New study of virtual assistants shows streaming the most-used function

Research firm Morning Consult has released results of a consumer survey which queried over 2,200 adults about how they use virtual assistants. The survey took place over two days — March 24-25.

In framing the results of this study, we need to understand the scope of “virtual assistant.” While the Amazon Alexa devices receive most of the publicity in this category, Morning Consult extended its questions to cover Google Home, Google Assistant (the smartphone virtual assistant in Android phones), Siri (in Apple phones), and Windows Cortana. That wide spread means that the behavior represented in aggregated survey responses includes two distinct types of virtual assistant:

  • In-home stand-alone devices Amazon Echo, Amazon Dot, and Google Home
  • In-phone assistants Siri, Google Assistant, and Windows Cortana

While there are similarities in the two use cases — in-home and in-phone — there are important differences, not least being that in-phone assistants are much more established than the comparatively new in-home devices.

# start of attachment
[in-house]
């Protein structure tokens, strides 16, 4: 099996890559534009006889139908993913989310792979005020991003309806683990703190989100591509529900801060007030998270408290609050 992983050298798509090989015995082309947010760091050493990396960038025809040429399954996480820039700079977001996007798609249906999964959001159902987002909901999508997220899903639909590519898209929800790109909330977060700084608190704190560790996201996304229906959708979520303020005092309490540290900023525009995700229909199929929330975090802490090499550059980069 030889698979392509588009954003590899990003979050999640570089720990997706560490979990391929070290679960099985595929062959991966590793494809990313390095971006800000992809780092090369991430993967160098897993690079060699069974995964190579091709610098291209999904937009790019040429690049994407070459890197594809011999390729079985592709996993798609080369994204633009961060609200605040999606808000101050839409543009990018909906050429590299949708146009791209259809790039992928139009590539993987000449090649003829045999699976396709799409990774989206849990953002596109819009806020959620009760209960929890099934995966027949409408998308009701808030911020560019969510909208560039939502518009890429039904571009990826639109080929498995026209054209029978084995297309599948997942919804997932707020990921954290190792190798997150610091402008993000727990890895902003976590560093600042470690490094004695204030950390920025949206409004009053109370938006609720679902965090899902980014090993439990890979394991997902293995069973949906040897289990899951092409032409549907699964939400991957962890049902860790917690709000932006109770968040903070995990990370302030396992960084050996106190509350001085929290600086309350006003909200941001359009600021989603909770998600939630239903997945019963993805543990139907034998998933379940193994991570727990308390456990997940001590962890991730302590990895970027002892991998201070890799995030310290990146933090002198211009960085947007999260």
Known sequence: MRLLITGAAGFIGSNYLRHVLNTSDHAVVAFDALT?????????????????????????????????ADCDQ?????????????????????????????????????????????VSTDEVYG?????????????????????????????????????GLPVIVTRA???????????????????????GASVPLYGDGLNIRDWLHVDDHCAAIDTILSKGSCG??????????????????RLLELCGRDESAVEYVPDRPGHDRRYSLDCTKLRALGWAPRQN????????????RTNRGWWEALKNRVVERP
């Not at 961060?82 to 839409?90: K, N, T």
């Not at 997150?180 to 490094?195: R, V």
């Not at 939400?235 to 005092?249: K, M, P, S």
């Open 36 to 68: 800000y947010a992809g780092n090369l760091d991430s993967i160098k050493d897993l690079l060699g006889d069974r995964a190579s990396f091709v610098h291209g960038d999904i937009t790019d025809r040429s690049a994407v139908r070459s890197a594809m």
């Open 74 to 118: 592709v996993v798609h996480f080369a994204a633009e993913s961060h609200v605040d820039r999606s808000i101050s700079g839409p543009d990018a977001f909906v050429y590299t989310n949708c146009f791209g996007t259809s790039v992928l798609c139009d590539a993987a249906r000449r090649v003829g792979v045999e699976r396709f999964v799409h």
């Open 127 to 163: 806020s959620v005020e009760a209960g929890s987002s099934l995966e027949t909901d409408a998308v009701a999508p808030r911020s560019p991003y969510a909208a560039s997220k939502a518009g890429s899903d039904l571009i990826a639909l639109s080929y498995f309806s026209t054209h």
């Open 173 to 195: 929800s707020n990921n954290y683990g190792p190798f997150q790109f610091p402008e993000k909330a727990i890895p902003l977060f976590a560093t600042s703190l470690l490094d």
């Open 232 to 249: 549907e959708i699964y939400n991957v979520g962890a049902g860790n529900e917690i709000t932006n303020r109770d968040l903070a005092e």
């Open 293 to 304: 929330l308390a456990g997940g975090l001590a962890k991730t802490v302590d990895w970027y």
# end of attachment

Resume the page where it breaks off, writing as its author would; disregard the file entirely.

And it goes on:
With that in mind, that headline result of the study is that music streaming is the top use of virtual assistants.

morning consult virtual assistants 638w

It is evident in the above chart that many of the top uses lie in the domain of in-home virtual assistants — texting, internet browsing, phone calling, launching apps.

In the Morning Consult survey population, smart WiFi device ownership came through with surprisingly high numbers. Amazon Echo, the flagship Alexa device, is owned by 15% of respondents, and Google Home is owned by 16%. The Infinite Dial by Edison Research and Triton Digital found much lower ownership numbers — 5% for Alexa (that includes Echo and Dot devices) and 25 for Google Home.

In the Morning Consult results, ownership of these in-home devices skewed strongly to the 18-44 age group, dropping off sharply among older respondents. As we’ve seen in other Morning Consult work, elaborate demographics are broken out. (For example, Tea Party supporters love the Echo and Home devices, which is interesting in a meaningless sort of way.) More men than women claimed ownership of in-home smart speakers.

Brad Hill